A Medicolegal Perspective on Salivary Gland Diseases
The salivary glands, which are divided into the major and minor glands, are extremely important structures. The major glands comprise the parotid, submandibular and sublingual glands. These contain acinar cells, which are chiefly responsible for the production and secretion of saliva. Saliva is essential within the mouth; it maintains oral hygiene, and facilitates chewing, taste and speech. However, the function of the salivary glands can be impaired by a variety of diseases, including cancer, autoimmune diseases, infections and trauma, and this can severely impact on the daily life of the patient. Diseases of the salivary glands are uncommon but they can be particularly challenging to diagnose as the clinical signs and symptoms associated with them can be very diverse, and there is a wide range of possible diagnoses.
Tumours in the major salivary glands are nearly always benign, but in the minor salivary glands up to 80% of tumours may be malignant. Overall, malignant salivary gland tumours account for between 1% and 5% of all head and neck cancers, and the frequency of malignancy is higher in children than in adults. The most common cancer found in the salivary glands is mucoepidermoid carcinoma. While this has the potential to occur in any salivary tissue, it is most often found in the parotid glands. As the clinical presentation of benign and malignant tumours is very similar, it can be very difficult to distinguish between them. This can have significant effects for the patient, as it will determine the treatment options and potential outcome. It is important to avoid unnecessary surgery on benign tumours, while any delay in the treatment of a malignant tumour may impact on the prognosis for the patient. However, in most patients, it is not possible to accurately determine whether a tumour is benign or malignant by clinical examination alone.
Symptoms such as palsy of the facial nerve strongly indicate the presence of a malignant tumour, and fine-needle aspiration (FNA) can be a useful confirmatory tool; studies have shown that this procedure is both highly sensitive and specific in distinguishing between benign and malignant tumours. Unfortunately, FNA is not always conclusive and cannot be performed on tumours located deep in the salivary glands. Various imaging techniques can also be used. Magnetic resonance imaging (MRI) is particularly helpful in confirming malignancy, as it provides detailed information on the location and extent of the tumour, as well as its infiltration into neighbouring tissues, such as the bones and nerves. Where MRI is unavailable or contraindicated, computed tomography can still be valuable, particularly where the tumour is inflammatory in origin. Whichever technique is used, interpretation can be very difficult and requires a lot of skill, as the clinical features vary by the histological type of tumour present.
As well as tumours originating in the salivary glands, these tissues are also common sites for the occurrence of metastases arising from primary cancers in other sites. These arise most commonly after skin cancers, but secondary tumours have also been reported following carcinomas of the renal cells, lung, breast and gastrointestinal tract. A further issue is the potential for side-effects following radiation therapy for cancer, particularly for tumours in the head and neck. Radiation damages the acinar cells, and this significantly affects the functionality of the salivary glands. A lack of saliva results in chronic dryness of the mouth, and this leads to ulceration, infections and an increase in dental caries and periodontal disease. Speech and chewing or swallowing may also be affected. This condition cannot be cured and the only available therapy is the topical application of saliva substitutes. However, these provide only temporary relief and require multiple applications over a long period of time. It is therefore vital that patients undergoing radiation therapy for head and neck cancers are made aware of the possibility of reduced salivary gland function during the consent process.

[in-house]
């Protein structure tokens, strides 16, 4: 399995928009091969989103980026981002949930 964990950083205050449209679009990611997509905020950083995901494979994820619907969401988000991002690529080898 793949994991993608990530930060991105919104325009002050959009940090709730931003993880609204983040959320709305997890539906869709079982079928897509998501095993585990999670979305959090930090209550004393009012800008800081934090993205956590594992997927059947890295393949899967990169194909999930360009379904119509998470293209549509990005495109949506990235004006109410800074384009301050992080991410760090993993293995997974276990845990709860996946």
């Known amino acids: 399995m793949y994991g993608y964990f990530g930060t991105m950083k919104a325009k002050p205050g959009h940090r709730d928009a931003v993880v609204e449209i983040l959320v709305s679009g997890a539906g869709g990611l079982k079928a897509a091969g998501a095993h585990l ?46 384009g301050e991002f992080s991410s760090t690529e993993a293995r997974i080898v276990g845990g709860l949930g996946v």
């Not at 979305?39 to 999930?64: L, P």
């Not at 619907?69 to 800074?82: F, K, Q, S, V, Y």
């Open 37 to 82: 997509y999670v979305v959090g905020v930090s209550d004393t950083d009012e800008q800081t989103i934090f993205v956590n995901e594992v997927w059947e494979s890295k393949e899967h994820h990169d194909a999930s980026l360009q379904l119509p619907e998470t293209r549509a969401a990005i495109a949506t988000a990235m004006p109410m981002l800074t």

The salivary glands can also be affected by Sjogren’s syndrome, which is an autoimmune disorder. This disease mainly affects the mucous membranes and moisture-secreting glands and can result in a lack of saliva. However, another major issue with Sjogren’s syndrome is the subsequent development of malignancies, such as non-Hodgkin’s lymphoma, in affected tissues, which occurs up to 44 times more commonly than in the general population. Therefore, it is very important that this condition is identified early so that patients can be monitored, preferably by imaging. Bacterial infections of the salivary glands are relatively rare but are sometimes seen in patients who have already been debilitated by other conditions such as diabetes or immunodeficiency, or who are recovering from surgery. Again, patients in these categories need to be monitored closely to avoid complications.
Diseases of the salivary glands are relatively uncommon but diagnosis remains a challenge. In particular, differentiating between benign and malignant tumours is extremely difficult. The chances of arriving at an accurate diagnosis are improved by the use of imaging techniques and it is likely that future advances in new procedures, particularly in MRI, will make diagnosis easier.
About our expert
Mr Zaid Sadiq is a Consultant Oral and Maxillofacial (Head and Neck) Surgery. Mr Sadiq is qualified in both medicine and dentistry and can accept adult and paediatric medico legal instructions in a range of specialist areas for either claimant or defendant. Mr Sadiq has a keen interest in cancer, reconstructive surgery and tissue engineering.
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